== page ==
All the accompanying warnings for stall and speed disagree etc. would still have gone off. While the crew were sorting this out - with or without autopilot, with or without flap - there would have been no further distraction except a stiffer pull force, which could have been trimmed out as required. No big hand forcing the flight path down - no trim “runaway”.

The chances for survival would have been good, crew skills here or there I reckon.

Greetings, B
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Old 1st May 2019, 16:41
  #4695 (permalink)  
 
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Originally Posted by bill fly View Post


Hi Gums, Hope the dentist was kind... Saw the charts before, ta.

I think the point is:

- As they say on the news (and here for once they are right...) MCAS is a function which can/will push the nose down whereas

A feel increase mechanism will make pulling back harder - but won’t push the nose down.

Now I know which I would rather have.

Let’s imagine that such a system had been fitted instead of MCAS in the three AoA anomaly cases which we have discussed. What would have happened?

All the accompanying warnings for stall and speed disagree etc. would still have gone off. While the crew were sorting this out - with or without autopilot, with or without flap - there would have been no further distraction except a stiffer pull force, which could have been trimmed out as required. No big hand forcing the flight path down - no trim “runaway”.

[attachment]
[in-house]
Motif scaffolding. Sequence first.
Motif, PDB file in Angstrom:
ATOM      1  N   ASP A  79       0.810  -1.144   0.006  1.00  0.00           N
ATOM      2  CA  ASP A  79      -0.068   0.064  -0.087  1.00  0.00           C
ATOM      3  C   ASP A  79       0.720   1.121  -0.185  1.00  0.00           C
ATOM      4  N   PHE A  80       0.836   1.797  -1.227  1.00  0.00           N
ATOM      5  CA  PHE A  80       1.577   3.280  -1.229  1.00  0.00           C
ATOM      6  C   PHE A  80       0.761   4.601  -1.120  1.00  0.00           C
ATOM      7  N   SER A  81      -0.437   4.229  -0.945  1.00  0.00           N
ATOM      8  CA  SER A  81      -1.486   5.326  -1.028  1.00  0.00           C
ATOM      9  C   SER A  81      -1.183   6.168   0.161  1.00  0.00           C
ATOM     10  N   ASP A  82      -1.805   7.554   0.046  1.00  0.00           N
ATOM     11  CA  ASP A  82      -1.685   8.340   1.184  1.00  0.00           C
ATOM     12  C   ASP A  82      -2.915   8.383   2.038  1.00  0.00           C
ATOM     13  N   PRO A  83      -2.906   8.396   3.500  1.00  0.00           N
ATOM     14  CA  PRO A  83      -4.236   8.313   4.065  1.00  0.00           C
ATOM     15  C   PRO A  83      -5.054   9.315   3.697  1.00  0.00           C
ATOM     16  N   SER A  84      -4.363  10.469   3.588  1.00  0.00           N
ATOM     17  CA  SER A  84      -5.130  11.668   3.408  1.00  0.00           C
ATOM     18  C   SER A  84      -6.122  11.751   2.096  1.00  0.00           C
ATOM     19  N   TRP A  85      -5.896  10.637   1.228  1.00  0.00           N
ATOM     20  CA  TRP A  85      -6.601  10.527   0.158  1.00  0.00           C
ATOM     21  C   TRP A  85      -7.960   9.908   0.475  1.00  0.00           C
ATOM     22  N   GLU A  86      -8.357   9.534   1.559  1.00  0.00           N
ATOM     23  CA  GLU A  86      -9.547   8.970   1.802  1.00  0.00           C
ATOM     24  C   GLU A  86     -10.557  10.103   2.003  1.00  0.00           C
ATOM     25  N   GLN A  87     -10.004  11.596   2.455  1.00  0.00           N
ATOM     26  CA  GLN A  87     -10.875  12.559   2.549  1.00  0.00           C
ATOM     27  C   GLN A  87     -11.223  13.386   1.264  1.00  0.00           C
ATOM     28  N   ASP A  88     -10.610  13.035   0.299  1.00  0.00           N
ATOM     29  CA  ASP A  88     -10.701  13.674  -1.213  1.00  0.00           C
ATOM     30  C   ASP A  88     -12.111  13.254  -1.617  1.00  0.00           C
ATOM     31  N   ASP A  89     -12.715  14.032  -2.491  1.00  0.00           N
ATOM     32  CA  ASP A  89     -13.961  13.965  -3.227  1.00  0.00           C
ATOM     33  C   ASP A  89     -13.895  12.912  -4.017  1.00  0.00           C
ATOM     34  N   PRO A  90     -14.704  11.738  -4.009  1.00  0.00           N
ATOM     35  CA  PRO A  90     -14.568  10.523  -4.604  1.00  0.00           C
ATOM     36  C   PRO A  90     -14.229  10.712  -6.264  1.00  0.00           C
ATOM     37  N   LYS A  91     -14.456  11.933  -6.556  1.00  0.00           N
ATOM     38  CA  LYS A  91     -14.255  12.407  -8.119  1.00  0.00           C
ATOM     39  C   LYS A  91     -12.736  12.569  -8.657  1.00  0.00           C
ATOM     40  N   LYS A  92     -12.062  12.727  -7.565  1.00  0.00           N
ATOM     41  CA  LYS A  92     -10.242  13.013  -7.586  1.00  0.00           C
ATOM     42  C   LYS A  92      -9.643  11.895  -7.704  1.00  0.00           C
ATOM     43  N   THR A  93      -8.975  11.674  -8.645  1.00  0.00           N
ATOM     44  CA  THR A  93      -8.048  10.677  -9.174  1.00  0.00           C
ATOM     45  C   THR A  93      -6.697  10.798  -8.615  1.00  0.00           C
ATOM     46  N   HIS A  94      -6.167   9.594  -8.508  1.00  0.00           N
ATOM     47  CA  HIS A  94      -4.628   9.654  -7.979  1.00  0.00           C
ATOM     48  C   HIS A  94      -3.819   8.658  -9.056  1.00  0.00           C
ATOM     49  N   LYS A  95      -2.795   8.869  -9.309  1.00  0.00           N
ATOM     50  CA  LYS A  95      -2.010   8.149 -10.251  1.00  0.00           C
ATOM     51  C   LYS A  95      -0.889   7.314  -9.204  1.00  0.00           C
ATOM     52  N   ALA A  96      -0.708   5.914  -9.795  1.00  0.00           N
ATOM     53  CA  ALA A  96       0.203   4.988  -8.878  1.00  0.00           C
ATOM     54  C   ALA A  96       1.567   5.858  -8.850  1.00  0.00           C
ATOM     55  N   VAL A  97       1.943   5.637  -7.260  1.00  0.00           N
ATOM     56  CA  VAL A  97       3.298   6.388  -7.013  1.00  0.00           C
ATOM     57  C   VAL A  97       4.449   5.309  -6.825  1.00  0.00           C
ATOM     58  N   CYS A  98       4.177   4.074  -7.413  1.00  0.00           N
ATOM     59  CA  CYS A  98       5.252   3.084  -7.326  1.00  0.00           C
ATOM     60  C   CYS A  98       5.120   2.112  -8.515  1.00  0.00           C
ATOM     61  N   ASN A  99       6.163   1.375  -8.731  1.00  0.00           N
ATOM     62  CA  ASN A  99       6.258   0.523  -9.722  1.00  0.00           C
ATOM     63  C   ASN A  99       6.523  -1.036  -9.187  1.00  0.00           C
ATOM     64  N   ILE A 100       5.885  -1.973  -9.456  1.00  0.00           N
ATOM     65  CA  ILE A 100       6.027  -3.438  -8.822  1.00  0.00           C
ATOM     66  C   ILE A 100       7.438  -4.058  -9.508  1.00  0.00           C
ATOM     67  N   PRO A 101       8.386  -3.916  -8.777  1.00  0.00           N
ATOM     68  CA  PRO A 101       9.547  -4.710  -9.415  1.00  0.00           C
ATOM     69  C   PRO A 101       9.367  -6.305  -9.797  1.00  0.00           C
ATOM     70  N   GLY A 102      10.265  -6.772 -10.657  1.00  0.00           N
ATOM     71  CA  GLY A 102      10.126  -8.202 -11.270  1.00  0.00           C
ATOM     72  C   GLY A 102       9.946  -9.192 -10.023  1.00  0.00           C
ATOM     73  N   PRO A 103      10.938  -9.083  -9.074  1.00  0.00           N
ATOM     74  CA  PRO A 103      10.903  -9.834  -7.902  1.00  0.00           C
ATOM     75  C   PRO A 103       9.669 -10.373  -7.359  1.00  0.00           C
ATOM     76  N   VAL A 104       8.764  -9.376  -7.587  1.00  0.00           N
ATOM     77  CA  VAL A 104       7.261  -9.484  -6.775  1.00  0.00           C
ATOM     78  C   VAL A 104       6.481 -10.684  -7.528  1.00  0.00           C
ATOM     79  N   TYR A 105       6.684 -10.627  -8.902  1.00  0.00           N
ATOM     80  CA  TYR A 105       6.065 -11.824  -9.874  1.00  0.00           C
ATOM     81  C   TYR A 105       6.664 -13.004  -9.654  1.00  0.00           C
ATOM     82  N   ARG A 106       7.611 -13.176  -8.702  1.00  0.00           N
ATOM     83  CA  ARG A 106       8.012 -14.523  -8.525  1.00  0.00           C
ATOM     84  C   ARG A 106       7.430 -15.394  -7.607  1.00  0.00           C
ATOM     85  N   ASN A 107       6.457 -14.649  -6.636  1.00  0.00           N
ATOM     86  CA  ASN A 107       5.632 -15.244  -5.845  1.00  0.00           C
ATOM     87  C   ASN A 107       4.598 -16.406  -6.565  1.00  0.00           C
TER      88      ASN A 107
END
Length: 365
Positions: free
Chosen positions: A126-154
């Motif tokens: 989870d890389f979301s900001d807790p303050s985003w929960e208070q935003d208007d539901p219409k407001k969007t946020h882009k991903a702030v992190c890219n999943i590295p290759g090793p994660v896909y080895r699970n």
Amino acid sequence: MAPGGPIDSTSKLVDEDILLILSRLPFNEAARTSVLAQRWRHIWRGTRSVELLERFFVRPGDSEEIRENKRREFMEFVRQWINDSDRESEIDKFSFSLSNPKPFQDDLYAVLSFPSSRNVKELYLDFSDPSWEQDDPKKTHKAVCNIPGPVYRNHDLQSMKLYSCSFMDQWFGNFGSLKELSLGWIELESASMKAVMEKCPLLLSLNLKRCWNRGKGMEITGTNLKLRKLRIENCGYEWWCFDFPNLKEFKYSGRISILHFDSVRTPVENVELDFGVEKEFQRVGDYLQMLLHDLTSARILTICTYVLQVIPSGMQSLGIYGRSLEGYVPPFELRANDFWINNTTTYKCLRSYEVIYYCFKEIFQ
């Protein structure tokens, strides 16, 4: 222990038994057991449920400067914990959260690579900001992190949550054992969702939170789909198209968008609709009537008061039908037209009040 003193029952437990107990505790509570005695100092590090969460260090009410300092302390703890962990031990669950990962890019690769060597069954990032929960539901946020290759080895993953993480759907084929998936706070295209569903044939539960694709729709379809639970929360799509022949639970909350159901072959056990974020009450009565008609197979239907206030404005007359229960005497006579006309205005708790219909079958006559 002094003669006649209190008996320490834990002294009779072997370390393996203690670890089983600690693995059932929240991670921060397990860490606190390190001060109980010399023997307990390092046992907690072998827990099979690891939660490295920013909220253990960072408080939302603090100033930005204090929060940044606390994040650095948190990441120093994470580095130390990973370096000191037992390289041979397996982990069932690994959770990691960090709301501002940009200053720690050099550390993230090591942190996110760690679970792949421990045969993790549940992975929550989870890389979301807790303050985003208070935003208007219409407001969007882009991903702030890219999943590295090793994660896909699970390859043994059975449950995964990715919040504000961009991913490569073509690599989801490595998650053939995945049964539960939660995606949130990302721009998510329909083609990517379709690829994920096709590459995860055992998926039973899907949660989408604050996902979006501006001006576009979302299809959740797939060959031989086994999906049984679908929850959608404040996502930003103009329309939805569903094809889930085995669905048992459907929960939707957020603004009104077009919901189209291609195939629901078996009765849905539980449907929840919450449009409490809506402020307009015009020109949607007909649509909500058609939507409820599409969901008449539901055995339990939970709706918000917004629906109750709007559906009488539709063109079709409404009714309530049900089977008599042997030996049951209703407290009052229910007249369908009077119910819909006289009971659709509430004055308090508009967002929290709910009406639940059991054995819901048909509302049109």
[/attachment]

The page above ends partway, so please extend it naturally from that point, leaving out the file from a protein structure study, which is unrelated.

The chances for survival would have been good, crew skills here or there I reckon.

Greetings, B
this for me is THE best post on this entire thread

G
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Old 1st May 2019, 16:47
  #4696 (permalink)  
 
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Originally Posted by alf5071h View Post
Pitch / power is an aspect of UAS drill, which was diagnosed immediately after takeoff and managed by the crew as they saw the situation.


Please show us where in the preliminary report timeline that the crew diagnosed the UAS, and took any action that was consistent with following the UAS NNC checklist.
https://leehamnews.com/wp-content/up...MAX-ET-AVJ.pdf
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Old 1st May 2019, 16:50
  #4697 (permalink)  
 
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Salute!

Great discussion.
I gotta get one of our test pilot golden arms to talk a bit.
While I go thru old stuff discussing the pitch moments of the 737, I will leave you a few thots.

Unless you only wish to change what the pilot feels, you do not screw around with the largest aero surface on the plane besides the main wing. You screw around with the artificial feel system. GASP!!

Pushers are not a really neat fix when all you want to do is reduce the nose up pitching moment. You have to deal with the aero as well as the artificial feel system.. And before more research and consulting, I comment:

The Airbus FBW in 320 plus does not give a rat’s about the “feel” close to a stall AoA. You can command max or min and that stick has the same spring force as if you were in a dogfight in the F-22 or Typhoon. Huh? It was certified because the basic aero met the criteria and the plane design would do just fine with ropes, levers, pulleys, pushrods and such. That was not what I flew in the Viper, due to inherent stability designed in from day one. But I can use my experience using a stick with zero feedback, and it commanded roll rate and gee according to how many pounds I exerted on the thing (Airbus stick is displacement mainly, but Viper was all pressure sensors)